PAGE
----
George Washington Quotes
A slender acquaintance with the world must convince every man that actions, not words, are the true criterion of the attachment of friends.
Arbitrary power is most easily established on the ruins of liberty abused to licentiousness.
Associate with men of good quality if you esteem your own reputation; for it is better to be alone than in bad company.
Bad seed is a robbery of the worst kind: for your pocket-book not only suffers by it, but your preparations are lost and a season passes away unimproved.
Be courteous to all, but intimate with few, and let those few be well tried before you give them your confidence.
Being no bigot myself to any mode of worship, I am disposed to endulge the professors of Christianity in the church, that road to heaven which to them shall seem the most direct plainest easiest and least liable to exception.
Discipline is the soul of an army. It makes small numbers formidable; procures success to the weak, and esteem to all.
Experience teaches us that it is much easier to prevent an enemy from posting themselves than it is to dislodge them after they have got possession.
Few men have virtue to withstand the highest bidder.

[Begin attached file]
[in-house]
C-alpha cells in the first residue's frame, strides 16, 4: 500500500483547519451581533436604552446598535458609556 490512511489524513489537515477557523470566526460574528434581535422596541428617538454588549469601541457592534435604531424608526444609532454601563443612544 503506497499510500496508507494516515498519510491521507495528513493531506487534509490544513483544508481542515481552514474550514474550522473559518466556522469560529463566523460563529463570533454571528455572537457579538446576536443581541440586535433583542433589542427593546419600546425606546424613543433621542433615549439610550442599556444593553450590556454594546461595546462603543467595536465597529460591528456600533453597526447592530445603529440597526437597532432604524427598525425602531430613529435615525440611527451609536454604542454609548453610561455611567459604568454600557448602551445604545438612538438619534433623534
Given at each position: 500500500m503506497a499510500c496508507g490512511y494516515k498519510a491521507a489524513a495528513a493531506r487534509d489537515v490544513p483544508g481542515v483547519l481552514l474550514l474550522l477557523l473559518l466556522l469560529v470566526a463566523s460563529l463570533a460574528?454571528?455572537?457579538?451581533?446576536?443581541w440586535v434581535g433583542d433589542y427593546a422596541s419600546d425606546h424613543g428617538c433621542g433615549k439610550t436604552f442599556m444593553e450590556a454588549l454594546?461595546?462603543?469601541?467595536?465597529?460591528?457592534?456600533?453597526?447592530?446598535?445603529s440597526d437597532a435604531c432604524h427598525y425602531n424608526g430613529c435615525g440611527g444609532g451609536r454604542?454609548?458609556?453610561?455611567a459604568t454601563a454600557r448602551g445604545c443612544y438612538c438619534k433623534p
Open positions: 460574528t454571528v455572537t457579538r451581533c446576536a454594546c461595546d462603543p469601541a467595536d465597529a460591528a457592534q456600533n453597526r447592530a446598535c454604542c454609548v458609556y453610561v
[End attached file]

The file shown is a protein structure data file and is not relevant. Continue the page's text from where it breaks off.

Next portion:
Friendship is a plant of slow growth and must undergo and withstand the shocks of adversity before it is entitled to the appellation.
Guard against the impostures of pretended patriotism.
Happiness and moral duty are inseparably connected.
I am persuaded, you will permit me to observe, that the path of true piety is so plain as to require but little political direction.
I beg you be persuaded that no one would be more zealous than myself to establish effectual barriers against the horrors of spiritual tyranny, and every species of religious persecution.
I can only say that there is not a man living who wishes more sincerely than I do, to see a plan adopted for the abolition of it - but there is only one proper and effectual mode by which it can be accomplished, and that is by Legislative authority: and this, as far as my suffrage will go, shall never be wanting.
I have no other view than to promote the public good, and am unambitious of honors not founded in the approbation of my Country.
I hope I shall possess firmness and virtue enough to maintain what I consider the most enviable of all titles, the character of an honest man.
I walk on untrodden ground. There is scarcely any part of my conduct which may not hereafter be drawn into precedent.
If the freedom of speech is taken away then dumb and silent we may be led, like sheep to the slaughter.
If we desire to avoid insult, we must be able to repel it; if we desire to secure peace, one of the most powerful instruments of our rising prosperity, it must be known, that we are at all times ready for War.
George Washington Profile
February 22, 1732
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